Commentary: ICJ adjudication of Guyana-Venezuela border issue draws nearer
By Odeen Ishmael
On February 27 this year, UN Secretary-General Antonio Guterres announced the appointment of Dag Halvor Nylander of Norway as his personal representative to help find a solution to the border controversy between Guyana and Venezuela. Nylander comes with the experience as ambassador in Colombia in 2006-2008 and, more recently, as his country’s special envoy in the Colombian peace process (2012-2016).
|Dr Odeen Ishmael, Ambassador Emeritus (retired), historian and author, served as Guyana’s ambassador in the USA (1993-2003), Venezuela 2003-2011) and Kuwait and Qatar (2011-2014). He actively participated in meetings of UNASUR from 2003 to 2010 and has written extensively on South American integration issues. He is currently a Senior Research Fellow of the Washington-based Council on Hemispheric Affairs.|
Earlier, on December 16, 2016, the secretary-general concluded that the existing Good Offices process, which began in 1990, would continue until the end of 2017. A UN media statement revealed: “If, by the end of 2017, the secretary-general concludes that no significant progress has been made towards arriving at a full agreement for the solution of the controversy, he will choose the International Court of Justice (ICJ) as the next means of settlement, unless the governments of Guyana and Venezuela jointly request that he refrain from doing so.”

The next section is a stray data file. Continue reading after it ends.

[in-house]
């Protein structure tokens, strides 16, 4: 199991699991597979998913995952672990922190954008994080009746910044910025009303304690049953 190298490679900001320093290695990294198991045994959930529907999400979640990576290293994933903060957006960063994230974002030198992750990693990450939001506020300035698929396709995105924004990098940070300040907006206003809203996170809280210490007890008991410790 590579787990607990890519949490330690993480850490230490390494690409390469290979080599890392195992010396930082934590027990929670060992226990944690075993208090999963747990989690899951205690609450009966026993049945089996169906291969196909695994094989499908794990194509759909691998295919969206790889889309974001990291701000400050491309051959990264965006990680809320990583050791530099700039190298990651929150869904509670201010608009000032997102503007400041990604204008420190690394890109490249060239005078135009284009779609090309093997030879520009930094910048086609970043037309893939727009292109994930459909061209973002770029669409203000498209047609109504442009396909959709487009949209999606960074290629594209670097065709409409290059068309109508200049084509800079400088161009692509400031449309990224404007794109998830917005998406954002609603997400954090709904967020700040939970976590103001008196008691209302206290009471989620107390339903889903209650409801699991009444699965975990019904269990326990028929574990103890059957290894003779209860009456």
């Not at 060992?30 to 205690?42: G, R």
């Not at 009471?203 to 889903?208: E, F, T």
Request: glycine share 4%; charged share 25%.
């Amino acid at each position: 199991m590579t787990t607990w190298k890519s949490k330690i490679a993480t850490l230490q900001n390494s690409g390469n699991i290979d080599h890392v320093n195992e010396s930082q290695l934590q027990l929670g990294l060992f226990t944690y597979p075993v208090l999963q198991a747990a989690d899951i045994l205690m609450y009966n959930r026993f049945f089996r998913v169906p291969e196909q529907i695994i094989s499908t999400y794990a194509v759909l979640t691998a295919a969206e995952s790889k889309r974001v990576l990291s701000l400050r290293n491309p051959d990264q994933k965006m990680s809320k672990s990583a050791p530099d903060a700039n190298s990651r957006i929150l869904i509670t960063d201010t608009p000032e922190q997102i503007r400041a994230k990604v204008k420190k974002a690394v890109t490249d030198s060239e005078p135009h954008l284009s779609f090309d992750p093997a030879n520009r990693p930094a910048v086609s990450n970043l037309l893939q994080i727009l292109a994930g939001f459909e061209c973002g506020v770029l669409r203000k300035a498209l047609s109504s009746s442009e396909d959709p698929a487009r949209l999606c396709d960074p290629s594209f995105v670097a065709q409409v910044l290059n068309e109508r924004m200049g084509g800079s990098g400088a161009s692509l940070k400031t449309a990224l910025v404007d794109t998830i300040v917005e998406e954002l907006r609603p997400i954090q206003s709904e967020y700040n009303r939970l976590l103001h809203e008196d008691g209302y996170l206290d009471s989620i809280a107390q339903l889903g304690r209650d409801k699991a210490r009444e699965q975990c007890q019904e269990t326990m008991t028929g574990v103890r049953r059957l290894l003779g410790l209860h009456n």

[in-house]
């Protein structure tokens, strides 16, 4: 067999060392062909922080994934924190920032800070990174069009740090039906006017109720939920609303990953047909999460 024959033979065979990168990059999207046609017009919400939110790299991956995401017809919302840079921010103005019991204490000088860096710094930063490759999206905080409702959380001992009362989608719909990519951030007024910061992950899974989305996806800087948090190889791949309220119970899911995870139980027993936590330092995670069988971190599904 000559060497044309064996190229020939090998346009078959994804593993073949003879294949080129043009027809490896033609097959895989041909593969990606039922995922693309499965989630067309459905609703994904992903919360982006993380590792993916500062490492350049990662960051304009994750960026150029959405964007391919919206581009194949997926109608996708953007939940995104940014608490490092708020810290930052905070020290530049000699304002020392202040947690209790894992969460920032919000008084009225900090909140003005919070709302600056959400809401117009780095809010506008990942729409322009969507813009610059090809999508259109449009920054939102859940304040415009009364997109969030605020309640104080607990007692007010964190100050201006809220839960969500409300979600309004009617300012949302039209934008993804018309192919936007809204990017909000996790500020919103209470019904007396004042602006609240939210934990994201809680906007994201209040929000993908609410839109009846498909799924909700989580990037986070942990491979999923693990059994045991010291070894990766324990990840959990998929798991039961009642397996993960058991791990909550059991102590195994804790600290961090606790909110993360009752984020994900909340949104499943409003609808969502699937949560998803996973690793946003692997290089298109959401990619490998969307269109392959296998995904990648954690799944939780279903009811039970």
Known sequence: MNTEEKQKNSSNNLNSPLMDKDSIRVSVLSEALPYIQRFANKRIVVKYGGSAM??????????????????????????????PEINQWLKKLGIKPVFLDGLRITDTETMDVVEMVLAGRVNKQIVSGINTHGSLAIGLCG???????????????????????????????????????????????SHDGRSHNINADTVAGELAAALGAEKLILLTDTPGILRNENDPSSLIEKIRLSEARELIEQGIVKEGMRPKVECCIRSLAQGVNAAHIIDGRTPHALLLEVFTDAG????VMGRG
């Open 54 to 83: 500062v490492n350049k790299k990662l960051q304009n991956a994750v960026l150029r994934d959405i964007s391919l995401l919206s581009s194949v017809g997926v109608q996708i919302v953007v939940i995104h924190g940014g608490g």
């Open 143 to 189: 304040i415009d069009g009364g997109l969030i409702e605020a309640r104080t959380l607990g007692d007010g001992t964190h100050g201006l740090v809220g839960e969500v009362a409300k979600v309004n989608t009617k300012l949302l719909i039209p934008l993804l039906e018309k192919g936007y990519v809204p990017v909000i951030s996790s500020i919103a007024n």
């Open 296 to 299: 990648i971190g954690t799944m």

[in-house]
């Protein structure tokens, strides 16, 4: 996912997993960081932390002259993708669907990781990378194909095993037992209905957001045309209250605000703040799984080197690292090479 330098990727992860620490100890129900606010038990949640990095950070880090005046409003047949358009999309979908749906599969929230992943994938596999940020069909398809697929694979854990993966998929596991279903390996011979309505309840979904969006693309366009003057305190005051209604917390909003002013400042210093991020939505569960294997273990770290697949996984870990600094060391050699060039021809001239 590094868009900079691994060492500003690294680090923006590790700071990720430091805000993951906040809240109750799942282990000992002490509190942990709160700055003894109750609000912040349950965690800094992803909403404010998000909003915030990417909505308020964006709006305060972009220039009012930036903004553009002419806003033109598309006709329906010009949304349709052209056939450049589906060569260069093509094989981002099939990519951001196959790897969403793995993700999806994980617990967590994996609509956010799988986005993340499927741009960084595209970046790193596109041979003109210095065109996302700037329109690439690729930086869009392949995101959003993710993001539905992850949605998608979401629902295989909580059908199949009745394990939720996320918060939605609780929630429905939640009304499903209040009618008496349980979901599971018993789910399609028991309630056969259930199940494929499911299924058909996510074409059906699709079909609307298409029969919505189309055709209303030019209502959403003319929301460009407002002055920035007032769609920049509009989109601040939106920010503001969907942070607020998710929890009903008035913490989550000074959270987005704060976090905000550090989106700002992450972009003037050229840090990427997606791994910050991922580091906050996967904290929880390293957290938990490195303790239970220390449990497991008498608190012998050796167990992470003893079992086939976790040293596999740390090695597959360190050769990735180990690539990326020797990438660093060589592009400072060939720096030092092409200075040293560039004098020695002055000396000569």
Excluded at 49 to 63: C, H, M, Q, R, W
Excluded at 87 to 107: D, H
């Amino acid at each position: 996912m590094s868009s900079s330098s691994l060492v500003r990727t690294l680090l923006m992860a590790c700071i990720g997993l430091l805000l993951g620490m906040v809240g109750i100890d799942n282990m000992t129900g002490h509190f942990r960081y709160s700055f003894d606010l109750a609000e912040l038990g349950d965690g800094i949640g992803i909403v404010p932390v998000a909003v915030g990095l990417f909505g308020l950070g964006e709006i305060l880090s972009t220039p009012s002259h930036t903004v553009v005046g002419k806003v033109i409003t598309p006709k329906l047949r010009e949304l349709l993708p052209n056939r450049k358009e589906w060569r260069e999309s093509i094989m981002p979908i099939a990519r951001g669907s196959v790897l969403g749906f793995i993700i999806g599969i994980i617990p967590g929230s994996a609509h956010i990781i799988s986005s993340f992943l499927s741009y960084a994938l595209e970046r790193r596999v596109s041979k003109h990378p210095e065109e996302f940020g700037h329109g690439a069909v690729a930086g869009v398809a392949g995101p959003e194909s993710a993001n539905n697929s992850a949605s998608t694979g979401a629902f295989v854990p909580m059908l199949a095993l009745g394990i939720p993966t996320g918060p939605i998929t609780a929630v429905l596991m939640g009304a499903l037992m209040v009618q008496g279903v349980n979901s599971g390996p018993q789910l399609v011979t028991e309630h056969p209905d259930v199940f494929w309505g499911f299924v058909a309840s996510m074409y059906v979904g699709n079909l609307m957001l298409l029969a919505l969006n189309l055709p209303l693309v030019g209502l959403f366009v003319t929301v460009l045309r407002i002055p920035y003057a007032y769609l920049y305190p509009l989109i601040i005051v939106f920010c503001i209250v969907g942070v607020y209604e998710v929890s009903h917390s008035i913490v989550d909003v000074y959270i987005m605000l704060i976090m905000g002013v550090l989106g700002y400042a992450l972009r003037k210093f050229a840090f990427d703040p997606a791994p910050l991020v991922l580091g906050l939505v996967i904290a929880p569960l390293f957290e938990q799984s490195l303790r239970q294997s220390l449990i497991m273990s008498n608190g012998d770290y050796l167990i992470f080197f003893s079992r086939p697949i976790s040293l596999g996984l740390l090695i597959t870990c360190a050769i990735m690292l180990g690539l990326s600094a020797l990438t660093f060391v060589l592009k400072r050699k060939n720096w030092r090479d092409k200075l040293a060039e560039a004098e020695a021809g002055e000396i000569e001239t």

Nylander’s task involves regular and constructive meetings with both governments to explore and propose options for a solution to the controversy arising from the Venezuelan claim that the 1899 arbitral award settling the then border dispute is null and void.
Over the past 50 years, the controversy has generated intermittent tensions between the two countries. These heated up in 2015 after a significant oil find was announced in an offshore concession granted to Exxon by Guyana in its Atlantic economic zone, an area that Venezuela describes as “disputed waters”; and even also declaring the zone as its own, as it did in June 2015 when President Maduro issued decrees claiming almost all of Guyana’s offshore contiguous economic region.
Guyana opts for ICJ
More than a year before, the PPP administration of President Bharrat Jagdeo declared that the Good Offices process had outlived its usefulness and would no longer support its continuity. The government of that period opted for the controversy to be dealt with by the ICJ. On the other hand, the Venezuelan government insisted that it wanted the Good Offices process to continue and would not support any move to the international court to handle the issue.
The Guyana government headed by President David Granger from May 2015 also took a similar position. The recent appointment by the secretary-general seems set to placate both governments – allowing the continuation of the Good Offices process desired by Venezuela, and announcing that the process would end this year after which the ICJ would become involved, as advocated by Guyana.
With the secretary-general deciding to choose the ICJ as the next means of settlement if his personal representative does not succeed in enabling a solution, it is absolutely clear that the Guyanese government will never ask the secretary-general to refrain from taking this action.
UN recognition of Guyana’s territory